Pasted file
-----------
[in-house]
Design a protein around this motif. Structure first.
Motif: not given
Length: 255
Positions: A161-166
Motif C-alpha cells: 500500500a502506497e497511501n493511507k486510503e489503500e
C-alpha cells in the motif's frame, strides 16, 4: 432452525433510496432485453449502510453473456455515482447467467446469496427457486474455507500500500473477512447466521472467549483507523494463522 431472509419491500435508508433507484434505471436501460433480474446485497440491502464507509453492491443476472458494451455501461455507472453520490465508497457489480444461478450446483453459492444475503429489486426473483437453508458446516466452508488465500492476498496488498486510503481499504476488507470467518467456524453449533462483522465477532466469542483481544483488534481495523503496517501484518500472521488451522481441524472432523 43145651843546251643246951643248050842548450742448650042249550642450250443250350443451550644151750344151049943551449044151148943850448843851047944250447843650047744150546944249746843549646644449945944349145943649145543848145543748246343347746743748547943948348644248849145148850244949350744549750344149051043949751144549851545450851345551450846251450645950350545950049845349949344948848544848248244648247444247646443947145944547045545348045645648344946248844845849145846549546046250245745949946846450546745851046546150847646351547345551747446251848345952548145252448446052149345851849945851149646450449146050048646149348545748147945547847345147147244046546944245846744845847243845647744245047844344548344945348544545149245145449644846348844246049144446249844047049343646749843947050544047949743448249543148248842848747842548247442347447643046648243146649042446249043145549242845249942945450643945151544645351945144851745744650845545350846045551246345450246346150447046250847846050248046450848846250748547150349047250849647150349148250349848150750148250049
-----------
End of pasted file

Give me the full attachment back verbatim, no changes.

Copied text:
[in-house]
Design a protein around this motif. Structure first.
Motif: not given
Length: 255
Positions: A161-166
Motif C-alpha cells: 500500500a502506497e497511501n493511507k486510503e489503500e
C-alpha cells in the motif's frame, strides 16, 4: 432452525433510496432485453449502510453473456455515482447467467446469496427457486474455507500500500473477512447466521472467549483507523494463522 431472509419491500435508508433507484434505471436501460433480474446485497440491502464507509453492491443476472458494451455501461455507472453520490465508497457489480444461478450446483453459492444475503429489486426473483437453508458446516466452508488465500492476498496488498486510503481499504476488507470467518467456524453449533462483522465477532466469542483481544483488534481495523503496517501484518500472521488451522481441524472432523 43145651843546251643246951643248050842548450742448650042249550642450250443250350443451550644151750344151049943551449044151148943850448843851047944250447843650047744150546944249746843549646644449945944349145943649145543848145543748246343347746743748547943948348644248849145148850244949350744549750344149051043949751144549851545450851345551450846251450645950350545950049845349949344948848544848248244648247444247646443947145944547045545348045645648344946248844845849145846549546046250245745949946846450546745851046546150847646351547345551747446251848345952548145252448446052149345851849945851149646450449146050048646149348545748147945547847345147147244046546944245846744845847243845647744245047844344548344945348544545149245145449644846348844246049144446249844047049343646749843947050544047949743448249543148248842848747842548247442347447643046648243146649042446249043145549242845249942945450643945151544645351945144851745744650845545350846045551246345450246346150447046250847846050248046450848846250748547150349047250849647150349148250349848150750148250049